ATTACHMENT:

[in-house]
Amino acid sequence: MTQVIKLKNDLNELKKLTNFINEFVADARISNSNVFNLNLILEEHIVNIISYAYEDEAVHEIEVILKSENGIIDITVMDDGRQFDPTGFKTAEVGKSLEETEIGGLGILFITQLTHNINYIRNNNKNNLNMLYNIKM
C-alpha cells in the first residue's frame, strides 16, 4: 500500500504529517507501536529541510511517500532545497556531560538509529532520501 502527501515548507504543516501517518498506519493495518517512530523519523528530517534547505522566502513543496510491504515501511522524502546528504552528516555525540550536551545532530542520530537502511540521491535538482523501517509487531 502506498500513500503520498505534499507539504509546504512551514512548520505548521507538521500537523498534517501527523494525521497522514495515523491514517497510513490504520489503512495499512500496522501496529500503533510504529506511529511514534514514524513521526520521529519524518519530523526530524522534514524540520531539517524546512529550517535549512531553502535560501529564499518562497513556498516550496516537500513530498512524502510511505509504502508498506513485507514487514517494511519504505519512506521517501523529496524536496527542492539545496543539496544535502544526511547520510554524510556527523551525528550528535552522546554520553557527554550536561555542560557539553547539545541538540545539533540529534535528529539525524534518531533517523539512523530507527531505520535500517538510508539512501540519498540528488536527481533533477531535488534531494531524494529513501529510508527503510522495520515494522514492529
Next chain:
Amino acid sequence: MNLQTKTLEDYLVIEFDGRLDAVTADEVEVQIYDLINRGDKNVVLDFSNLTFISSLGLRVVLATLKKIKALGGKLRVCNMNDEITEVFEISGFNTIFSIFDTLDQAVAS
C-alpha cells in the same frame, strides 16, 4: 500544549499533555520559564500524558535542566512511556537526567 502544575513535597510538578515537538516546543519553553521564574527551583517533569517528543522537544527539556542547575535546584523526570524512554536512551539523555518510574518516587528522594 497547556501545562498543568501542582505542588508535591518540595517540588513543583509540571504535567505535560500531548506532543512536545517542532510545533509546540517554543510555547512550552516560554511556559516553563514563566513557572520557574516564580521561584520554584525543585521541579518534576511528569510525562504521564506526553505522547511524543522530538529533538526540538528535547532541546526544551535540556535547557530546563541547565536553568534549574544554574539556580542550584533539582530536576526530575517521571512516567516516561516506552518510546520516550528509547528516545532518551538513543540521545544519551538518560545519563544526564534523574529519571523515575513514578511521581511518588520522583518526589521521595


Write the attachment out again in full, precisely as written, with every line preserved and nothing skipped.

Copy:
[in-house]
Amino acid sequence: MTQVIKLKNDLNELKKLTNFINEFVADARISNSNVFNLNLILEEHIVNIISYAYEDEAVHEIEVILKSENGIIDITVMDDGRQFDPTGFKTAEVGKSLEETEIGGLGILFITQLTHNINYIRNNNKNNLNMLYNIKM
C-alpha cells in the first residue's frame, strides 16, 4: 500500500504529517507501536529541510511517500532545497556531560538509529532520501 502527501515548507504543516501517518498506519493495518517512530523519523528530517534547505522566502513543496510491504515501511522524502546528504552528516555525540550536551545532530542520530537502511540521491535538482523501517509487531 502506498500513500503520498505534499507539504509546504512551514512548520505548521507538521500537523498534517501527523494525521497522514495515523491514517497510513490504520489503512495499512500496522501496529500503533510504529506511529511514534514514524513521526520521529519524518519530523526530524522534514524540520531539517524546512529550517535549512531553502535560501529564499518562497513556498516550496516537500513530498512524502510511505509504502508498506513485507514487514517494511519504505519512506521517501523529496524536496527542492539545496543539496544535502544526511547520510554524510556527523551525528550528535552522546554520553557527554550536561555542560557539553547539545541538540545539533540529534535528529539525524534518531533517523539512523530507527531505520535500517538510508539512501540519498540528488536527481533533477531535488534531494531524494529513501529510508527503510522495520515494522514492529
Next chain:
Amino acid sequence: MNLQTKTLEDYLVIEFDGRLDAVTADEVEVQIYDLINRGDKNVVLDFSNLTFISSLGLRVVLATLKKIKALGGKLRVCNMNDEITEVFEISGFNTIFSIFDTLDQAVAS
C-alpha cells in the same frame, strides 16, 4: 500544549499533555520559564500524558535542566512511556537526567 502544575513535597510538578515537538516546543519553553521564574527551583517533569517528543522537544527539556542547575535546584523526570524512554536512551539523555518510574518516587528522594 497547556501545562498543568501542582505542588508535591518540595517540588513543583509540571504535567505535560500531548506532543512536545517542532510545533509546540517554543510555547512550552516560554511556559516553563514563566513557572520557574516564580521561584520554584525543585521541579518534576511528569510525562504521564506526553505522547511524543522530538529533538526540538528535547532541546526544551535540556535547557530546563541547565536553568534549574544554574539556580542550584533539582530536576526530575517521571512516567516516561516506552518510546520516550528509547528516545532518551538513543540521545544519551538518560545519563544526564534523574529519571523515575513514578511521581511518588520522583518526589521521595